The processing system antenna 232 of the processing system 230 may be used to receive the sensed information. The processing module 234 of the processing system 230 may use the received information to determine information regarding the change in the environment. For example, the processing module 234 may use an inverse algorithm, such as triangulation, on the locations of the RFID assemblies 212 which transmitted signals to determine information regarding the change in the environment. The information that the processing system 230 determines regarding the change may include the location of the change, the type of the change, the depth of the change, the time the change occurred, evolution of the change (for example, if a crack continues to grow), the rate at which the change is evolving (for example, the rate at which the crack is growing), etc.

The processing system 130, 230 may determine information regarding the change based at least partially on the location of each of the RFID assemblies 212 which transmitted a signal. The processing system 130, 230 may store location information regarding each RFID assembly locally. For example, the processing system 130, 230 may store location information regarding each RFID assembly in association with the unique ID associated with the RFID tag of the RFID assembly. In one embodiment, the processing system 130, 230 may determine location information for the plurality of RFID assemblies 212 in the environment based on an initial transmission from each of the RFID assemblies.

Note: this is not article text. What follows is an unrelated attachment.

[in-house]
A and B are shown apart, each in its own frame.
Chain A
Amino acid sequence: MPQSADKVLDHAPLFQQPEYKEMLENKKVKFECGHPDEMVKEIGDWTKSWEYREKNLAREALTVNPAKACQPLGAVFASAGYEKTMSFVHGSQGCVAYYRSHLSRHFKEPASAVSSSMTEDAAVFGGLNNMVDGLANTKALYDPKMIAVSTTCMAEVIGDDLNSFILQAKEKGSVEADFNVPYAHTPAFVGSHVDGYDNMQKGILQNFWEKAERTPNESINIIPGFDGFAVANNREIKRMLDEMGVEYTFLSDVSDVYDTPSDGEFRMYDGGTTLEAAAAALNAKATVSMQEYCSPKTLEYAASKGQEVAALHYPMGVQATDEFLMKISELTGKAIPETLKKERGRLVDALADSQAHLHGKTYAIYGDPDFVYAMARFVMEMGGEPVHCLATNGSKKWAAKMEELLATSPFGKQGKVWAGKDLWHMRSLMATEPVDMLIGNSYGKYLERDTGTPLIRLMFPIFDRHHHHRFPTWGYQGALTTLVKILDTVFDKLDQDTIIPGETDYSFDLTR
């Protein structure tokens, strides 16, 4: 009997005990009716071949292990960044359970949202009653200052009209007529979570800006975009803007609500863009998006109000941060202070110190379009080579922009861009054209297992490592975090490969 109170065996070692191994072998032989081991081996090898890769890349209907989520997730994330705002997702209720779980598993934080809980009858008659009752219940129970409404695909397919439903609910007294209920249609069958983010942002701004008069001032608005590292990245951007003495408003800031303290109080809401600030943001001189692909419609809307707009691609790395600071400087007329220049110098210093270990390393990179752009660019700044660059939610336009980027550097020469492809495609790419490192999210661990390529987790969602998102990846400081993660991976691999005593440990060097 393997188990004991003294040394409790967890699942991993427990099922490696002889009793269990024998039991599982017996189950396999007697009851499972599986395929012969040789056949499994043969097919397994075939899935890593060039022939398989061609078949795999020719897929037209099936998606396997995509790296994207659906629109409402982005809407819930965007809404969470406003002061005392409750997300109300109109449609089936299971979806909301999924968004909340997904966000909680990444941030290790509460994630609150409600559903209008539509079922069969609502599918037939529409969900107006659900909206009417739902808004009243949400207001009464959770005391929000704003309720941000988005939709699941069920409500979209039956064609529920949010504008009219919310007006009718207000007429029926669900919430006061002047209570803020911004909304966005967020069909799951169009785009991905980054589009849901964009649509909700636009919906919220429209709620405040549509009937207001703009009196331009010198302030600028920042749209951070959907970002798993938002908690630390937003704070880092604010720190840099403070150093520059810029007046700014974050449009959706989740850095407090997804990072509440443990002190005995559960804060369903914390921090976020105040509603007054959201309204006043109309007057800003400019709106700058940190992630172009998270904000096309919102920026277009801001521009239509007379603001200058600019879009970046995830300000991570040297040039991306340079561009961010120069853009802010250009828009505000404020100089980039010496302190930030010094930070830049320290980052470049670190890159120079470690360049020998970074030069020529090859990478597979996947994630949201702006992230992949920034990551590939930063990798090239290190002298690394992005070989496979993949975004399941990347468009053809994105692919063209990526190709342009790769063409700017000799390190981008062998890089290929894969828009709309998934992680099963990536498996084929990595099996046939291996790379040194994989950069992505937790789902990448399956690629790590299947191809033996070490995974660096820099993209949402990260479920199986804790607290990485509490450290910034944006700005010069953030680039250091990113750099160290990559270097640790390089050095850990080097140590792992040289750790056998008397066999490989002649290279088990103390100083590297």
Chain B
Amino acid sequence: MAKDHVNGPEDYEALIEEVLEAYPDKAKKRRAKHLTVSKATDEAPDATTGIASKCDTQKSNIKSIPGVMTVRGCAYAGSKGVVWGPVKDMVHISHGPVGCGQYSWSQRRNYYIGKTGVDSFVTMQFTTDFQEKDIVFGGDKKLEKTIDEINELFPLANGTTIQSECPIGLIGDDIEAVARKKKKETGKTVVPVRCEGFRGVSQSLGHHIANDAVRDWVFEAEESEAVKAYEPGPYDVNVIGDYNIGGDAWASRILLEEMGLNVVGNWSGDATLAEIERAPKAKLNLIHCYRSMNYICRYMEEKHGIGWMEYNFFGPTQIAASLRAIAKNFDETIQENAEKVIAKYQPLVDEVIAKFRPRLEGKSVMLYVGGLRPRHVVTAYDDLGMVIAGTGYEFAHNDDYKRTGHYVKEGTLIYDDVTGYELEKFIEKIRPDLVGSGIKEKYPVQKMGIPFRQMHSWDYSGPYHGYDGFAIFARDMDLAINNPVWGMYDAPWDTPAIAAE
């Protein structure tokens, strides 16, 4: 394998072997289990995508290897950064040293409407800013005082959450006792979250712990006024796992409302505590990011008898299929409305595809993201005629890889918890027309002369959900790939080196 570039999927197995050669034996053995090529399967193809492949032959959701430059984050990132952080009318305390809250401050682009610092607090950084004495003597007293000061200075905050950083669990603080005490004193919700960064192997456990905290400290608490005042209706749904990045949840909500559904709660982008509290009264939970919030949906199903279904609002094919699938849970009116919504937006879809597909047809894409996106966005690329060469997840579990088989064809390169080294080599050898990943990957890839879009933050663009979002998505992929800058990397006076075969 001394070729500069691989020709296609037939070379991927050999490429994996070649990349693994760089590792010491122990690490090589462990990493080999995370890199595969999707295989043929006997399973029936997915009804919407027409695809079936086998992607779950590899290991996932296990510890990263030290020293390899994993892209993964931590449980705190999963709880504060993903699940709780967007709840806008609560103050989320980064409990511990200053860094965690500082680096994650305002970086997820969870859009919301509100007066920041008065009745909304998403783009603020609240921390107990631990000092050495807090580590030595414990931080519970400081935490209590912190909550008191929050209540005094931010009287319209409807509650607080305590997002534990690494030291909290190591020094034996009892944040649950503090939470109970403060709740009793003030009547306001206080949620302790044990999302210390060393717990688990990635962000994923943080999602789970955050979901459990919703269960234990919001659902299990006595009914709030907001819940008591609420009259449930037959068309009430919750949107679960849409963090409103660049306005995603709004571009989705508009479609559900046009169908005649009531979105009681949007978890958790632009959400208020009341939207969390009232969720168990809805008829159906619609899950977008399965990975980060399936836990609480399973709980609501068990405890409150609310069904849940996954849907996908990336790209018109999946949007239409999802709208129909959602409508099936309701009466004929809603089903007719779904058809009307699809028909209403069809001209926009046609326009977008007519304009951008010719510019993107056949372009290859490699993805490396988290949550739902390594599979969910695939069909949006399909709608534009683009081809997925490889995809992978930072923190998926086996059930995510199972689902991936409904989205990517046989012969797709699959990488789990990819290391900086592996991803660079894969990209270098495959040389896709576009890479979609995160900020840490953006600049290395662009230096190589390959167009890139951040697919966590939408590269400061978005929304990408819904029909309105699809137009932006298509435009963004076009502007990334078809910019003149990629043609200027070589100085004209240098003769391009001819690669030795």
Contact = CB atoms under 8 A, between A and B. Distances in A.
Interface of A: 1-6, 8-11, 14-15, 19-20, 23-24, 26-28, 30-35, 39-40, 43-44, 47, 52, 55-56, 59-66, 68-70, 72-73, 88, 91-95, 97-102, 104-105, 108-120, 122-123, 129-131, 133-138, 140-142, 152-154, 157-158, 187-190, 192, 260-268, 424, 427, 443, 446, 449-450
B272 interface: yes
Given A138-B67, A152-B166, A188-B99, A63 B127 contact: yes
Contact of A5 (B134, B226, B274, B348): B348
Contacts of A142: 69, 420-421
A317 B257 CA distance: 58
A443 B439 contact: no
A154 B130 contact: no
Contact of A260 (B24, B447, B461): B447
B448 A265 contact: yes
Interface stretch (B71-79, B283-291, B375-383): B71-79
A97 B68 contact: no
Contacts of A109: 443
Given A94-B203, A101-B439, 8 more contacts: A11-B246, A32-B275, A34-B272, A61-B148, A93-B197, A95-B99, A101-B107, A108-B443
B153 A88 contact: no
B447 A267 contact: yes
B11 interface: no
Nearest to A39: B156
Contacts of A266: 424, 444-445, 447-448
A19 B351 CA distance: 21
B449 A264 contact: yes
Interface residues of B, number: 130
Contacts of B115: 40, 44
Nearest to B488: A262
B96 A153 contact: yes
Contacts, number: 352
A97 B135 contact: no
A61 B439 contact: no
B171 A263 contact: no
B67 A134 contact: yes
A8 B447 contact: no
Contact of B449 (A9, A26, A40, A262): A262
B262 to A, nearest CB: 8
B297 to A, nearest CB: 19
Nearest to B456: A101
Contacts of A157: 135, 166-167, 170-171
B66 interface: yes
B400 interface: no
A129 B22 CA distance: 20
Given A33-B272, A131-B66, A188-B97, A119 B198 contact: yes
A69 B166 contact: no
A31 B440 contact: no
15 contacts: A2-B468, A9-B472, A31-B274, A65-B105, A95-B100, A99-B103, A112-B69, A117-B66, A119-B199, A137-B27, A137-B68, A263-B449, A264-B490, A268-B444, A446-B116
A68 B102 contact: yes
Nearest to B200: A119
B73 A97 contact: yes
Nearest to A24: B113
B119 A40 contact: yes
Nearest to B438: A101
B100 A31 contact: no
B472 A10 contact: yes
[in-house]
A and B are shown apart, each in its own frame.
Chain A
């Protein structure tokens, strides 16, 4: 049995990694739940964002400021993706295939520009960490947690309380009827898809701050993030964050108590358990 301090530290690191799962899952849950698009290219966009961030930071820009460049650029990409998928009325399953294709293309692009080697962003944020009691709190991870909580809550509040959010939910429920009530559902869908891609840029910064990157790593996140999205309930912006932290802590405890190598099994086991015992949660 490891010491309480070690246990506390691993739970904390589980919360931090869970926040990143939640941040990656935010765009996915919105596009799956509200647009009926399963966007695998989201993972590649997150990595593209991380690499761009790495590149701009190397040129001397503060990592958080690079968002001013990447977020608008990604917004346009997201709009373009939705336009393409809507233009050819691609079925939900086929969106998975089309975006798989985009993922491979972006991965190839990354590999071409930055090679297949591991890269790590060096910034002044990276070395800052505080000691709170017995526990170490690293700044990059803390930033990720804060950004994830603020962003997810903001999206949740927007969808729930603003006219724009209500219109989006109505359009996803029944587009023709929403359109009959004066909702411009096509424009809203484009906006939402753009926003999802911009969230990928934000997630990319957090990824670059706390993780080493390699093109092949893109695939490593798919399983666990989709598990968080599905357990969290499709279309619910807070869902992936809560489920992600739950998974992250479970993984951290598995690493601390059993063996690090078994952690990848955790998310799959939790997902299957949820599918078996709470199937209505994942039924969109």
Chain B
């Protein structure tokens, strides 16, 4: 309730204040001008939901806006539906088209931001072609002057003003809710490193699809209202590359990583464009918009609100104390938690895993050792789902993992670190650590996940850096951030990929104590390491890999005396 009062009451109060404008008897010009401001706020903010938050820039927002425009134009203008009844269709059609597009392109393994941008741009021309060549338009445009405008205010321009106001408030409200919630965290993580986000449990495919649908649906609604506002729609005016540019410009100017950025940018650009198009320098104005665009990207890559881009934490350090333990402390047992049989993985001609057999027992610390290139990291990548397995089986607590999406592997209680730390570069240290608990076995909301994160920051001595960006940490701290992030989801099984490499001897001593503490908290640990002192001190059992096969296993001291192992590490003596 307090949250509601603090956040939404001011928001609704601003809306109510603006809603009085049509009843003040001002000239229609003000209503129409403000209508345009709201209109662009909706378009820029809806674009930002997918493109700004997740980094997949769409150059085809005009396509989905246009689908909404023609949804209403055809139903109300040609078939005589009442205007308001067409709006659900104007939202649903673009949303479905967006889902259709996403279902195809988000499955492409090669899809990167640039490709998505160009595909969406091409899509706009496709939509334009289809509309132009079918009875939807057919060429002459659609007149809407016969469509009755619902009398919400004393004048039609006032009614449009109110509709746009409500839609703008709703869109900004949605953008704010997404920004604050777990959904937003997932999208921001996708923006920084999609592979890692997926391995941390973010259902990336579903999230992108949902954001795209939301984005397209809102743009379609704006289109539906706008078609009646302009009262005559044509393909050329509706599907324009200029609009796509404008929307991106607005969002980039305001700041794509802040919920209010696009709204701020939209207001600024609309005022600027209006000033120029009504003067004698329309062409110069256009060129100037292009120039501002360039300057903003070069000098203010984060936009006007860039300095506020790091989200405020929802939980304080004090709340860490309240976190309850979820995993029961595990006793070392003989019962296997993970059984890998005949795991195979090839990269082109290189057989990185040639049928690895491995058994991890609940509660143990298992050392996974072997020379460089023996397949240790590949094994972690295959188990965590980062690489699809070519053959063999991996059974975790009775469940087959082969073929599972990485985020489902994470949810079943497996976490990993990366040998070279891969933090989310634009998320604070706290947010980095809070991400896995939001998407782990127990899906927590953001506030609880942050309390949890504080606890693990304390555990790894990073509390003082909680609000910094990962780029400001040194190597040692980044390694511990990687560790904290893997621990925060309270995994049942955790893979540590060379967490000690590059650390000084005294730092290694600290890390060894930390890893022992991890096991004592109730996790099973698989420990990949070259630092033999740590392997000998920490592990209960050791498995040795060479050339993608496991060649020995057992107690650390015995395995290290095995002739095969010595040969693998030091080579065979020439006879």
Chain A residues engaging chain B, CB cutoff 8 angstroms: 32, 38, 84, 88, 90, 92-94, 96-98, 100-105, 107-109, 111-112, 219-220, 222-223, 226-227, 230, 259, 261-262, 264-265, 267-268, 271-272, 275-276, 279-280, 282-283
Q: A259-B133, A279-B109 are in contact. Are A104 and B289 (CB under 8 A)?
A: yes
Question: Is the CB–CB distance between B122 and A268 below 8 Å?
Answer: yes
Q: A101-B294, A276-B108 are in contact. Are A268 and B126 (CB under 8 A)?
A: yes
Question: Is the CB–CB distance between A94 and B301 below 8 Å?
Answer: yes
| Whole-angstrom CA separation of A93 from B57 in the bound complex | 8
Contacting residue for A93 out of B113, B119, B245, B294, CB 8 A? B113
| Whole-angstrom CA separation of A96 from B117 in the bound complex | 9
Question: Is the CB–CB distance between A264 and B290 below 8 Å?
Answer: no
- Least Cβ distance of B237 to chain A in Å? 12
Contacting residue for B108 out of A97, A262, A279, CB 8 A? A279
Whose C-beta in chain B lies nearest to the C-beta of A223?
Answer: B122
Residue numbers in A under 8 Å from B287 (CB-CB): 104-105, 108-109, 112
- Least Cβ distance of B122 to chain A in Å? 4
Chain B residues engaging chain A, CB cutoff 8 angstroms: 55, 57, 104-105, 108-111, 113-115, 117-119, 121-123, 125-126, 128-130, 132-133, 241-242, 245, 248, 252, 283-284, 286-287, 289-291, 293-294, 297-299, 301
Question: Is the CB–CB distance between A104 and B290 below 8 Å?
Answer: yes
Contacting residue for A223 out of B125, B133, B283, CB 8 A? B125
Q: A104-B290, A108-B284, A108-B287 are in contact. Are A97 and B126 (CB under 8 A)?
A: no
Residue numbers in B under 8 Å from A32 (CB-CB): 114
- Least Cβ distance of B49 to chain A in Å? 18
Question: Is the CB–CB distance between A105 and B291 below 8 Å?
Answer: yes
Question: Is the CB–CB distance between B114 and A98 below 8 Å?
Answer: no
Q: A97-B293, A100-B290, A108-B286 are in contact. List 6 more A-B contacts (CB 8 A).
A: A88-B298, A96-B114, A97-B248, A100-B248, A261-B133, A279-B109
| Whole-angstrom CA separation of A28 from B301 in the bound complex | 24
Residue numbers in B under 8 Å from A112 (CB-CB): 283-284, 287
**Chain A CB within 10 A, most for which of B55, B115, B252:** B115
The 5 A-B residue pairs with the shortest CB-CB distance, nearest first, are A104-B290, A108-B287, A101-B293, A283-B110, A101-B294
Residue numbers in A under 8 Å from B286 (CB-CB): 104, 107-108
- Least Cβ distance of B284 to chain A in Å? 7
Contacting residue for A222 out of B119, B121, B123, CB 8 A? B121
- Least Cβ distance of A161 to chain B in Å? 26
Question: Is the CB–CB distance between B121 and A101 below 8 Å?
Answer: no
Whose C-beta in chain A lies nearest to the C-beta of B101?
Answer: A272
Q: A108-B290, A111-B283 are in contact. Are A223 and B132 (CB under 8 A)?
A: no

FIG. 6 illustrates an embodiment of a computer system 600 operable to perform some or all of the steps contained in the method 500. In this respect, the computer system 600 may be used as a platform for executing one or more of the functions described hereinabove with respect to the various steps outlined in the method 500.

The term “computer-readable medium” as used herein refers to any medium that participates in providing instructions to the processor for execution. Such a medium may take many forms, including but not limited to non-volatile media, volatile media, and transmission media. Non-volatile media include dynamic memory, such as main memory. Transmission media include coaxial cables, copper wire and fiber optics, including the wires that comprise the bus. Transmission media can also take the form of acoustic or light waves, such as those generated during radio frequency (RF) and infrared (IR) data communications. Common forms of computer-readable media include, for example, a floppy disk, a flexible disk, hard disk, magnetic tape, any other magnetic medium, a CD-ROM, DVD, any other optical medium, punch cards, paper tape, any other physical medium with patterns of holes, a RAM, a PROM, an EPROM, a FLASH-EPROM, any other memory chip or cartridge, a carrier wave as described hereinafter, or any other medium from which a computer can read.